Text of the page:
What I’m about to say doesn’t align with consensus, and though I’m unlikely to change many minds and could run afoul of Honda PR, I don’t care. I must speak my mind.
I think the 2022 Honda Civic sedan looks dull and uninteresting and it saddens me that a company once willing to take chances with its iconic small car has been chastened to the point where the only suitable path forward is to pretend such chance-taking never took place.
There, I said it.
And before anyone suggests I’m little more than a drive-by hater, allow me to press my credentials as a proud eighth generation Civic owner (2010 Si Coupe), and a multi-car Honda driver. I’m a Honda guy to my core.
Still, from a design perspective the 2022 Civic leaves me cold. It erases its predecessor’s evocative lines and interesting shapes in favour of familiar rectangles and a more upright sedan silhouette seen on many cars. Yes, there are creased beltlines, upsweeping character lines above the rocker panels and an assortment of geometric shapes in the front and rear fascias, but compared to the old car, it looks generic. As if giving no offense were a primary design directive.
This view isn’t popular within the automotive press. Most previews I’ve read have showered Honda with praise for the 11th gen. Many colleagues have called the new Civic’s look ‘mature’ and ‘sharp’, with a more ‘grown-up’ aesthetic that ditches the 10th gen’s ‘polarizing’ design.
Fine, I guess, but what did all that polarizing do to the Civic’s popularity? I mean, it must have been bad, right? Nope. The Civic remains the bestselling car in Canada (23 years running) and is the top-selling Honda car in the U.S., and by wide margins in both cases.
So, if declining sales aren’t an issue, then why go from emotional and exciting to conventional?
Too many dank memes on Twitter? Too much static from the automotive press? Did the 10th gen fly too close to the sun with its unapologetically edgy looks and angular proportions that didn’t trace the lines of convention but drew new ones entirely?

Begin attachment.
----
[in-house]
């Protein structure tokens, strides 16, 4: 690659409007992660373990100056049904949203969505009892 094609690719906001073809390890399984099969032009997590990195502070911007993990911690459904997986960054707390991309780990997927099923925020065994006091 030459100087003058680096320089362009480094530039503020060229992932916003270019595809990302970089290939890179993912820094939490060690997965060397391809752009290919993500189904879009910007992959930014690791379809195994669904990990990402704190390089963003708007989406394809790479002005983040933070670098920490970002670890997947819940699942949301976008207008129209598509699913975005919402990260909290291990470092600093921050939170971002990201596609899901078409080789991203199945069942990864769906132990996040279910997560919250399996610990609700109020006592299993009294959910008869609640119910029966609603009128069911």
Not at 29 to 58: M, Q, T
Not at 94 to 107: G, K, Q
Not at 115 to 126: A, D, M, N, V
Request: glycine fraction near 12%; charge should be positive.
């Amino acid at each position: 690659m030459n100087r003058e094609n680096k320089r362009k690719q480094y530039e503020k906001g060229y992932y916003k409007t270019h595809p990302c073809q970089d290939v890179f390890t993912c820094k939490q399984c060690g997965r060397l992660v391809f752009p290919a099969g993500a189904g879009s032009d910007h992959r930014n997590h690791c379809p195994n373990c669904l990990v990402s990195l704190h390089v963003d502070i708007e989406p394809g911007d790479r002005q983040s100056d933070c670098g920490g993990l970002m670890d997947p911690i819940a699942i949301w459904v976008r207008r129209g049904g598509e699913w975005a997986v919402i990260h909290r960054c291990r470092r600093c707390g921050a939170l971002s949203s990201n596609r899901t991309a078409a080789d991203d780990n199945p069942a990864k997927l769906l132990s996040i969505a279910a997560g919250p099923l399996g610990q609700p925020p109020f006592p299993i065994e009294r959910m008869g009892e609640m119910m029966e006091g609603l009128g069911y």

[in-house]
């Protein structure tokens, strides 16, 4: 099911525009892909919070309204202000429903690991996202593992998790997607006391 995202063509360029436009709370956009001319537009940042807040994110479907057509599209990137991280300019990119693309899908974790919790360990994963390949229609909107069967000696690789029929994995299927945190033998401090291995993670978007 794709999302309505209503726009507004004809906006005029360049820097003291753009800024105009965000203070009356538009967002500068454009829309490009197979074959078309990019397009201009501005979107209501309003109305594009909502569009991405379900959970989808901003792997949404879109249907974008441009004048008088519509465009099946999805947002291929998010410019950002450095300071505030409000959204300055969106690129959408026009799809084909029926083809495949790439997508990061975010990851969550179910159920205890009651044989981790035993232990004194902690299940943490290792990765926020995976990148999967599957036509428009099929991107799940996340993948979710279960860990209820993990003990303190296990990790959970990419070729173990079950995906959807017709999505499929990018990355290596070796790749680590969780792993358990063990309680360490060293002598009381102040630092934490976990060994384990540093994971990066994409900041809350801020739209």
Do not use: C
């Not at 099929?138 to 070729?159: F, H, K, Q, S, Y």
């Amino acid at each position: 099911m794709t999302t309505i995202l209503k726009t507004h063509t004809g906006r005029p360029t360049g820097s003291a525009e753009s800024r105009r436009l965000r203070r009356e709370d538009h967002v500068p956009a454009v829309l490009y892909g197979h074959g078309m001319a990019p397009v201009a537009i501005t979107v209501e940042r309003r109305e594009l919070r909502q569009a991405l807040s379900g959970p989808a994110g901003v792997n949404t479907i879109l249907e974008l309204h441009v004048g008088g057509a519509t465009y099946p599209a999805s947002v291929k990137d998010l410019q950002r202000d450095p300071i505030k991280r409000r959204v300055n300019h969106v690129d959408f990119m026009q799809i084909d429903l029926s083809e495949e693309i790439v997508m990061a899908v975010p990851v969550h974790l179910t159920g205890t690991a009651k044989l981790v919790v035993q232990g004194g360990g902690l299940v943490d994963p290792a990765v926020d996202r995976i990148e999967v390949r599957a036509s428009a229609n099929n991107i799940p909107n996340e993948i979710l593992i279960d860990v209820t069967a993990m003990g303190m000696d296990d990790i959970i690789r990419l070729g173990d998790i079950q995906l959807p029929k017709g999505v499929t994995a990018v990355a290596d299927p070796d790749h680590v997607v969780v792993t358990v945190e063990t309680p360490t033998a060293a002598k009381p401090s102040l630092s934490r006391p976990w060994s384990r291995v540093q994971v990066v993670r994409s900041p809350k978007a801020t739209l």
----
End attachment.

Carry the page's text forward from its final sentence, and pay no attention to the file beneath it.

I don’t know. It rang up more than 325,000 units sold in the U.S. each year of its life prior to a pandemic-plagued 2020, but still had what would be considered a good year for most cars (261,000-plus).
Look, I’m being a bit tongue in cheek here, as I well understand that cars change over time as generations come and go. The design team that worked on one model often doesn’t work on the next. Different global design studios helm different projects, and there are a host of internal and external factors at play. I get it. But something feels strange here.
I’m not suggesting the 2022 Civic’s development was adversely impacted in any way, but I wonder how, and why, Honda arrived at this result.
I mean, look at its competitors. Did Hyundai seem concerned about adhering to the limits of small car design convention when its designers were penning the new Elantra? Does Mazda seem interested in looking backwards with the 3? What about the Sentra and the Corolla? Are Nissan and Toyota looking to re-capture what small cars looked like a decade ago?
Not a chance. That’s not how progress works.
Last summer I sang the praises in this space for Acura, Honda’s luxury brand, when I said the marque appears to be on the rise after looking lost for years. It’s rolling out exciting new models that capture the essence of the brand, but in a forward-looking manner. Precision Crafted Performance for a new era.
Why this philosophy isn’t being applied to the parent company’s talisman is a question I can’t answer.
Nevertheless, I look forward to driving the 2022 Civic, although this column could delay the experience. Despite my misgivings about its exterior, the interior looks good, and I eagerly await the reveal of Si and Type R models. Perhaps the new design language has more appeal in sportier, hatchback form.
I hope so because it could certainly use it.